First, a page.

No New Farm Bill is Better!

Randy Cook of Norm Economics wrote this great little piece on the issue of the new Farm Bill that is currently being bandied about Congress. Please read it. He does a fantastic job of breaking this down into a nutshell, and I for one would be much happier if all this top down control were negated:

680 E. 5 Point Hwy. Charlotte, Mich. (48813) 517-543-0111
Calling the 2012 Ag legislation a “farm bill” is like calling a
campaign promise “the truth.” Only 15.4% of the money to be expended
by this legislation has anything to do with farm price or income
“supports.” That portion is the actual “farm bill.” Do your principles allow
you to live peaceably with 15.4% “truth?” Mine don’t. I prefer a somewhat
larger “truth” content in the actions of my government. But let’s not
quibble over titles. Let’s talk about what this “farm bill” does and doesn’t
“Price and income support programs” do not support farm prices
or incomes. Crop insurance programs certainly support insurance
company incomes and price supports may contribute to bank incomes
and farm credit company incomes, but when it comes to farm incomes
and profitability, the “farm bill” tells farmers that the loan rate on a
bushel of corn is $1.95 and on a bushel of wheat it’s $2.94. Even our
rigged commodity markets know that’s too low to make a profit growing
corn or wheat; especially if you try growing them in a greenhouse. The
reason for these particular loan rate numbers is that they minimize
government inventories of these necessary staples. In other words, our
policy is to hold no strategic surplus against short harvests. Stupid
policy brought to you by the “farm bill.” So, should we work to fix this
policy? Ron White’s observation is, “You can’t fix stupid.”
You can call actual “farm bill” spending many different names but
you can’t call it “subsidy.” Farmers have been subsidizing our
economy for 60 years resulting in the forced elimination of small farm
operators, despite “farm bill” spending. Small farmer elimination is the
actual intentional policy we pursue in our nation. In order to implement
top-down, centralized control of the economy the small farmer MUST be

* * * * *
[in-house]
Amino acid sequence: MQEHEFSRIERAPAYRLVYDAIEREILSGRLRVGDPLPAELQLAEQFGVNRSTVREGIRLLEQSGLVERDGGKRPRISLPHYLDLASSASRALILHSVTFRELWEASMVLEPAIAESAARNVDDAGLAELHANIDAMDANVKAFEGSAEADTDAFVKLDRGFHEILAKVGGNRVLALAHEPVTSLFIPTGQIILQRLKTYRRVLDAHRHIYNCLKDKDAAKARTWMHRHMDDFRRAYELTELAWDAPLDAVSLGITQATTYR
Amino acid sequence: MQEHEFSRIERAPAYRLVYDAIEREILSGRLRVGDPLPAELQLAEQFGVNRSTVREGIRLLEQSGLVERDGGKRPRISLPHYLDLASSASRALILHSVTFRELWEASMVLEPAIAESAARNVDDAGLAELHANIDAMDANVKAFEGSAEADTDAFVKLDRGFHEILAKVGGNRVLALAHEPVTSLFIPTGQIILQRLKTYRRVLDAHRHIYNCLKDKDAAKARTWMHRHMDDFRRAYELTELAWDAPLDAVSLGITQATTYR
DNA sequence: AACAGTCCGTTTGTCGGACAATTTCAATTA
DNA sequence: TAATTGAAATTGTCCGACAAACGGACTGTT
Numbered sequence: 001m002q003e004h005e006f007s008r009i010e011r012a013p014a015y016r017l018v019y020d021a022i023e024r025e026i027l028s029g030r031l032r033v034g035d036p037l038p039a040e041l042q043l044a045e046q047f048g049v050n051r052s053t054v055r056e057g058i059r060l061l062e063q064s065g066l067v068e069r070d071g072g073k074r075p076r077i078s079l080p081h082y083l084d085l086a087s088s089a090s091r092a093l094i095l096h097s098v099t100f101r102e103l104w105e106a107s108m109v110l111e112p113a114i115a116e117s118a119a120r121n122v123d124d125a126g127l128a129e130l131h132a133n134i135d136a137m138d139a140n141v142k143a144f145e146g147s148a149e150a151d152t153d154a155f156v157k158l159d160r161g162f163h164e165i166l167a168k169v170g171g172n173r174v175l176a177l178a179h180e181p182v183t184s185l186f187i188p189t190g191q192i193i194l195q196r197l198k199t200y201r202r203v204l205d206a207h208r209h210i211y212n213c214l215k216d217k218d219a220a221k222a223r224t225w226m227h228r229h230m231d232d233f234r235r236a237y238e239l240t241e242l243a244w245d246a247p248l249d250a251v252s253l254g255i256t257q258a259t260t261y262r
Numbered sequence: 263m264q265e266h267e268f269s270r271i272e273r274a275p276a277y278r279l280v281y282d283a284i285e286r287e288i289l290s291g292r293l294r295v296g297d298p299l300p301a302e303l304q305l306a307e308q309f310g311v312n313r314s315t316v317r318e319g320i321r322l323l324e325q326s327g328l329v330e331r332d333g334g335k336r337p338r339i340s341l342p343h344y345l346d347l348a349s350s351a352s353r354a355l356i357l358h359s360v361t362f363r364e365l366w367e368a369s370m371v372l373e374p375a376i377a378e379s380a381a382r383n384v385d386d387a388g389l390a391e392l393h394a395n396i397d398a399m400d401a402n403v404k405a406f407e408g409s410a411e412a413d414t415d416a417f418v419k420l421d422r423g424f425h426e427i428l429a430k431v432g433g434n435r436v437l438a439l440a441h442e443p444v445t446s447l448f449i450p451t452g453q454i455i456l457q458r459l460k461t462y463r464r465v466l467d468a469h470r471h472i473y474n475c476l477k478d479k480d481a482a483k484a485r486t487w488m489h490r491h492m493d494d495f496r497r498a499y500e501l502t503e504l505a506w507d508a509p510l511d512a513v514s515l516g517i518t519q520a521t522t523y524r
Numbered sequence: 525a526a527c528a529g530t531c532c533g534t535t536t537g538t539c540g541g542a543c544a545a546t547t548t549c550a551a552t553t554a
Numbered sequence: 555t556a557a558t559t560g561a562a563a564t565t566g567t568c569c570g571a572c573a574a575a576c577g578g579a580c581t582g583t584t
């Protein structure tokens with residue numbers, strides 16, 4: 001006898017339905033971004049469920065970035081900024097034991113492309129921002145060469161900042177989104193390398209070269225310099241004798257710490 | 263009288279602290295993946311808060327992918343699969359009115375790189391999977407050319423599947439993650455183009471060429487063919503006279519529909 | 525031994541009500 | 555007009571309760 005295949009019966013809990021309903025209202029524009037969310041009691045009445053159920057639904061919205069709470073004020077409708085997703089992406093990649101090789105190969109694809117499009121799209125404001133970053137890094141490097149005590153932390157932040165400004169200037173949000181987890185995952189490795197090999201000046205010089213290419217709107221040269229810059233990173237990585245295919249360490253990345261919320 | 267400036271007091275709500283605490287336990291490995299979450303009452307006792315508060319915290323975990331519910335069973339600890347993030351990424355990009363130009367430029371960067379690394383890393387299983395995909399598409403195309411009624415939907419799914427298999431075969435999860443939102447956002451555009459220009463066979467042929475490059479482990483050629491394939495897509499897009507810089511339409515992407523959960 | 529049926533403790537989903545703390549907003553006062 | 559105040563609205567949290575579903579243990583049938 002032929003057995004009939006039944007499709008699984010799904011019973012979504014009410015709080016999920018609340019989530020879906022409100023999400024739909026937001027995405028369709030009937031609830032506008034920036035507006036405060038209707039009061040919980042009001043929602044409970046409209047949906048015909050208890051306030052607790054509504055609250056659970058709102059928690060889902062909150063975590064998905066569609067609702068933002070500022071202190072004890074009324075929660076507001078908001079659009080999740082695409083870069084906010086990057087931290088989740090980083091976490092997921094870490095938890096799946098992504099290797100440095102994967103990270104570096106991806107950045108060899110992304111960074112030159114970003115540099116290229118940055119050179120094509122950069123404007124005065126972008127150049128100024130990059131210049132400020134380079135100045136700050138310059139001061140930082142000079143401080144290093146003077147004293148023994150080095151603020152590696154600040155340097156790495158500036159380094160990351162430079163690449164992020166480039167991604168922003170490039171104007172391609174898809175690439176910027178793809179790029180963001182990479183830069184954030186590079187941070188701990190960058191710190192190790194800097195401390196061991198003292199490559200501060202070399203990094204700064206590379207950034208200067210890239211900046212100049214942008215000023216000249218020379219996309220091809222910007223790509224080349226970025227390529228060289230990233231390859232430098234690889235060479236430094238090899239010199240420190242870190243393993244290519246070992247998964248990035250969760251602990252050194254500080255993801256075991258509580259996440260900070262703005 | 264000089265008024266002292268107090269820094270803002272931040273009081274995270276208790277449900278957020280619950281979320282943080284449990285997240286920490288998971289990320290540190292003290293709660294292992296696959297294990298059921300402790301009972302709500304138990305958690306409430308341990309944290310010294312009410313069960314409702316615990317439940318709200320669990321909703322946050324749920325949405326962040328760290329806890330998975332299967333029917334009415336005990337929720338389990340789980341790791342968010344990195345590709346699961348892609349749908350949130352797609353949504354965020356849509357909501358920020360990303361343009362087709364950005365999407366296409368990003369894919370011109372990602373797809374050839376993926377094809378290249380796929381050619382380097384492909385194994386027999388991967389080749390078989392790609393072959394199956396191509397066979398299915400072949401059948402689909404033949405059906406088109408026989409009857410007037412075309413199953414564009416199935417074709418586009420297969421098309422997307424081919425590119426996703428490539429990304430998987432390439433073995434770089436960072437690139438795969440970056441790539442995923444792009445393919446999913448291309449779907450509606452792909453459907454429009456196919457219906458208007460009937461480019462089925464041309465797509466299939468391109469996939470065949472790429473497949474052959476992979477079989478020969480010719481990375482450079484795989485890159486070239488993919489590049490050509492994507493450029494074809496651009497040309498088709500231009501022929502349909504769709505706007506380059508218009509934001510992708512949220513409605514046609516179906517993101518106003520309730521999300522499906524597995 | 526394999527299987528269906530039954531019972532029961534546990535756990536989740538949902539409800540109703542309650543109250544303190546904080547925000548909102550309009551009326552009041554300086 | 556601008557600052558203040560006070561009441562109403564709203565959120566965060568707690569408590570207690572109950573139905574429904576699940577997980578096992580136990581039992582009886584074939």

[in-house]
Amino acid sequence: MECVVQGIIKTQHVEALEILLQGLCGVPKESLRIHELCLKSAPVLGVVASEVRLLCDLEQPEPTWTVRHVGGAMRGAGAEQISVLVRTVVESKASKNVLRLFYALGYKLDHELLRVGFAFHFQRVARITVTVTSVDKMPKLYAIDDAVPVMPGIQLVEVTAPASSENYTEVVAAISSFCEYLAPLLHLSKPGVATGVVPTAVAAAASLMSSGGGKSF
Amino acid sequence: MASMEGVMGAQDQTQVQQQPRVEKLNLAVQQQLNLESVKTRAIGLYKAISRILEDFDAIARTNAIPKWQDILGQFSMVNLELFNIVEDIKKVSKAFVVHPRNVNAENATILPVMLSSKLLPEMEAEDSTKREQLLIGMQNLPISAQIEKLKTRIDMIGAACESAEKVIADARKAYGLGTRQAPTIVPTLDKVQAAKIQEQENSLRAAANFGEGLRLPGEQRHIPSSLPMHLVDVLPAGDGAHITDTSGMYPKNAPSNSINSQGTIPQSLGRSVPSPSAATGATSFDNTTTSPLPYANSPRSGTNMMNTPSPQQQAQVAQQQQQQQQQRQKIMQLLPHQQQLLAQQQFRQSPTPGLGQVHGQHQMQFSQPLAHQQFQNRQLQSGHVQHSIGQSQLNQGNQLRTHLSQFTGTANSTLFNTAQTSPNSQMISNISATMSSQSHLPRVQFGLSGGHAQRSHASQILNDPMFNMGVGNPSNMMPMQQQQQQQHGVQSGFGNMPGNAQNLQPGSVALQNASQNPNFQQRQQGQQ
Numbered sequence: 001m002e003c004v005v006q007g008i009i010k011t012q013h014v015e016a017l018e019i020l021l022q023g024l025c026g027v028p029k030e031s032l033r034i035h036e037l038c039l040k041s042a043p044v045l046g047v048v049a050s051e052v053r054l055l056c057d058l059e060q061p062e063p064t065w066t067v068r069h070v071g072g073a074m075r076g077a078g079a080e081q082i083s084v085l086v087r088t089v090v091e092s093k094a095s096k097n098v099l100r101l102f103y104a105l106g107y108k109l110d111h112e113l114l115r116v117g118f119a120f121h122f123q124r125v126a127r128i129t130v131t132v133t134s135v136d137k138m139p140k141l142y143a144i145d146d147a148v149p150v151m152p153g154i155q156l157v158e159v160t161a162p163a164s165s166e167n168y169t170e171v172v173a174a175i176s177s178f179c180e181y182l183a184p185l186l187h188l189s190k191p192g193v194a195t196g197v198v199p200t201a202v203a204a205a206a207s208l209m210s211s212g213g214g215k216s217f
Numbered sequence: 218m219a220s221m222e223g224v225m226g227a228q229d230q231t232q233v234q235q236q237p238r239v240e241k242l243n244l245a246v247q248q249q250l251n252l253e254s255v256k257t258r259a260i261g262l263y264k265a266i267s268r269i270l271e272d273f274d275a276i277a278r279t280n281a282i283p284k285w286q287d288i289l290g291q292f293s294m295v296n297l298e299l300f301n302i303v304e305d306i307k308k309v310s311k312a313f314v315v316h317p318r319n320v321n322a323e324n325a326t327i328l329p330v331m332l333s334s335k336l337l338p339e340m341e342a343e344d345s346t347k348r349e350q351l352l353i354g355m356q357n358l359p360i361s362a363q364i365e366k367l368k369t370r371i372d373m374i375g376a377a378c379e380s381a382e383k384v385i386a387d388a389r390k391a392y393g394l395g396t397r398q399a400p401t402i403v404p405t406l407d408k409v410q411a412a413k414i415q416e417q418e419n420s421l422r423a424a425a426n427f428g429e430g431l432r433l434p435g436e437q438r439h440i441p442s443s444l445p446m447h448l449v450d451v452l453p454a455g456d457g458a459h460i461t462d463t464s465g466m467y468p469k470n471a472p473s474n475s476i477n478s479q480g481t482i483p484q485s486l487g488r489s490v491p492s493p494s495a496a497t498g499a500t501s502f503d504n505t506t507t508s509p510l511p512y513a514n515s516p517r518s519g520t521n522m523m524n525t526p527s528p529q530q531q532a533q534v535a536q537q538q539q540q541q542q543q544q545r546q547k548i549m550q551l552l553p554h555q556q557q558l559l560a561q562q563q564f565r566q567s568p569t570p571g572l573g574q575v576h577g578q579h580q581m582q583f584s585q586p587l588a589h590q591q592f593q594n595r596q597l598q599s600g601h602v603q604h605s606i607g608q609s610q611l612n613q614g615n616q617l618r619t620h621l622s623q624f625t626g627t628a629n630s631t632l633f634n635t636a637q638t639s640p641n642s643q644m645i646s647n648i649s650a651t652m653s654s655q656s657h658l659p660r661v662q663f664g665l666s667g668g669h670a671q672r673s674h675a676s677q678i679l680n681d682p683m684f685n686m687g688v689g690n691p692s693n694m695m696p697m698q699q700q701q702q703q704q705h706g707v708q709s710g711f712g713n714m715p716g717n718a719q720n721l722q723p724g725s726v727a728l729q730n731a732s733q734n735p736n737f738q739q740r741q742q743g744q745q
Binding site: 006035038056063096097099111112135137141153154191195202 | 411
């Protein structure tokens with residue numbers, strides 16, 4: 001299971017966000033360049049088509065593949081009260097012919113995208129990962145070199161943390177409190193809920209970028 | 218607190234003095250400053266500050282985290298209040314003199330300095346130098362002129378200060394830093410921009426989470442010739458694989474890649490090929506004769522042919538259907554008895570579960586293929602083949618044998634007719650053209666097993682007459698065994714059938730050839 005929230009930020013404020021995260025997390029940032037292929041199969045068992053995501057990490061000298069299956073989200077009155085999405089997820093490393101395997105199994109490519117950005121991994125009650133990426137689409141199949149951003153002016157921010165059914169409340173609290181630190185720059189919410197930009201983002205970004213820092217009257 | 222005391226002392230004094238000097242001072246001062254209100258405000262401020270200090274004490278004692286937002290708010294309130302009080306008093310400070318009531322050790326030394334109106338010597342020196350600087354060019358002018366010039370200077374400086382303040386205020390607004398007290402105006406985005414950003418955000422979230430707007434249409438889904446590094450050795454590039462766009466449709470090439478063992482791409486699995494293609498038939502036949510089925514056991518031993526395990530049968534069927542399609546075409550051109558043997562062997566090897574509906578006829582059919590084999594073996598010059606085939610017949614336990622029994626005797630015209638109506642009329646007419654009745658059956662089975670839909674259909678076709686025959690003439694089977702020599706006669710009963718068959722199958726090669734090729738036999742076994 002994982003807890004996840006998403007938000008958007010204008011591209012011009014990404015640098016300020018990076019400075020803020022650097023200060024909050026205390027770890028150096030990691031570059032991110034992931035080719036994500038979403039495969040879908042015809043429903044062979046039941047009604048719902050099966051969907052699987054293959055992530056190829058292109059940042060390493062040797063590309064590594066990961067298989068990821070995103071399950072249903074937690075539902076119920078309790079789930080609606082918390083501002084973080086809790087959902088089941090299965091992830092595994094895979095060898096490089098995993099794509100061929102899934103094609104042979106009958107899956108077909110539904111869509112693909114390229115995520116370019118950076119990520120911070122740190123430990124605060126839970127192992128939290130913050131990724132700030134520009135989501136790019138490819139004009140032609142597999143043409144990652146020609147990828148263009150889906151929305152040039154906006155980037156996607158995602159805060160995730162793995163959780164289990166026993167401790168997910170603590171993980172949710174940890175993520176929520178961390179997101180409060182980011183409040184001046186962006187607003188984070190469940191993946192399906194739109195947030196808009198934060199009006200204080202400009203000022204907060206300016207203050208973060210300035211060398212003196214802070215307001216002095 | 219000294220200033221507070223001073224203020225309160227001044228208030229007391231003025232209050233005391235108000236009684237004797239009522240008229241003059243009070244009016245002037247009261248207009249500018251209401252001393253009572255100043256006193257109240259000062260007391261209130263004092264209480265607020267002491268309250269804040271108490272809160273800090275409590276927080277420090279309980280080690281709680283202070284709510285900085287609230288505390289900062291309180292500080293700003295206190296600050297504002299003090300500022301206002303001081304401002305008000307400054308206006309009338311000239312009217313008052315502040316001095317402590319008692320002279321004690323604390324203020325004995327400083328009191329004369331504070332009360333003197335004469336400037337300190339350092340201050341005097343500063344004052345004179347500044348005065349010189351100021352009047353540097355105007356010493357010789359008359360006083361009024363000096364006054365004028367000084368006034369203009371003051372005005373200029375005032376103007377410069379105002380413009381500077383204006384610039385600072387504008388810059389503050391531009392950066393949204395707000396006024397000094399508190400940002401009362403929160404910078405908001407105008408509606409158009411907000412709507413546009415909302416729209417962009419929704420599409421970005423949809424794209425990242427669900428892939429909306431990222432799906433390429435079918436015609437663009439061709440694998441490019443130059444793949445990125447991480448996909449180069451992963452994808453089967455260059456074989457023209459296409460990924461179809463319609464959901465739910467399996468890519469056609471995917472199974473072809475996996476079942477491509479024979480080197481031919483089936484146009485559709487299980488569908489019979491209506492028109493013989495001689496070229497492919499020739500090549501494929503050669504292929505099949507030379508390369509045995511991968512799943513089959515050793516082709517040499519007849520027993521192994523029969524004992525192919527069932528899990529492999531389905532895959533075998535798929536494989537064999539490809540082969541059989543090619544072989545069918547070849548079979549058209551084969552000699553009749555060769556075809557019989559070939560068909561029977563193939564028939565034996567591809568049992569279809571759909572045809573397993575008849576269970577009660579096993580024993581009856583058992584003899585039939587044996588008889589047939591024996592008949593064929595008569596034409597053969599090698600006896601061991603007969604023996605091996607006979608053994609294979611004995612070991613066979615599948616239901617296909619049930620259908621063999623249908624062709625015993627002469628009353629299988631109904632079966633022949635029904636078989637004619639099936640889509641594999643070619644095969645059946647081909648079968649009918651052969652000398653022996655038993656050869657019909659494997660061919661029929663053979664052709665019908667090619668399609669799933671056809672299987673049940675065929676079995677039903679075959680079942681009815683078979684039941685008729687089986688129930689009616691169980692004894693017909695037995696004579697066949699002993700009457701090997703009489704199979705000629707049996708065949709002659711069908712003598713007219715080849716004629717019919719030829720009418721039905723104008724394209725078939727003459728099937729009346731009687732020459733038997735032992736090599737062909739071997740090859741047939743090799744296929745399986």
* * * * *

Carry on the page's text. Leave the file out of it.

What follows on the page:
eliminated. Even the Bolsheviks discovered that truth; their result being
an economic collapse 70 years later. We’ve only been at it for 60 years,
and in a much “nicer” way. Every “farm bill” we enact keeps their result
in our crosshairs, regardless of Federal Reserve “quantitative easing,”
“free trade” agreements, economic development “grants” or deficit
Failing to pass a “new farm bill” would mean the provisions of the
1949 Agriculture Act would prevail. Although that statute was a
corruption of the policies that brought us to victory in WWII and avoided
an expected depression afterward, it would still be an improvement over
what farmers have experienced and what our nation has had to endure
since 1952. It dealt with the things a “real farm bill” must handle: the
connection between production, price and National Income as evidenced
in the domestic purchasing power of our money and our industrial
capacity and employment.
At the risk of getting too far afield, our financial system depends on
our physical economy. When our physical economy is crippled, as today,
our financial system cannot function properly. The cause of our physical
economic disability comes straight off our farms where, during
prosperous periods, 70% of the annual raw materials needed to create
our standard of living are produced. Finance cannot fix our problems
because it deals with debt creation not wealth creation. Debts can only
be paid by creating new wealth and properly pricing it to assure that the
exchanges necessary to process, distribute and consume that wealth do
not require debt. That is “sustainability.” Does anyone else savor the
irony of lobbying for federal grants to support sustainability?
A REAL farm bill would result in moving toward national solvency
by paying farmers the proper, legal price for their marketed production.
USDA calculates and publishes those prices every month. The Secretary
of Agriculture still has the legal obligation to regulate the markets so that
farmers receive not government checks, but legal prices in the
marketplace. (7 U.S.C. 602) The current “farm bill,” even with its
conservation program spending, does nothing to assure the continued
ability of the actual stewards to conserve soil, air, water or community.
That result will come only from profitable farmers and ranchers
producing the highest quality, freshest, most nutritive items we can
desire, along with each of us earning the necessary income to pay
properly for what we consume.
A REAL farm bill would move our national policy in that direction.
Toward equity of exchange and away from exploitation; toward higher
quality local foods and away from processed industrial production
shipped thousands of miles for “convenience.” Any farm legislation such
as “food safety,” “animal traceability,” “free trade” agreements or “farm
bills” must favor labor over capital, health over convenience, solvency
over debt, man over money. This “farm bill” doesn’t see such things even
in its rear view mirror.
What? No new farm bill? I feel better already.
Randy Cook


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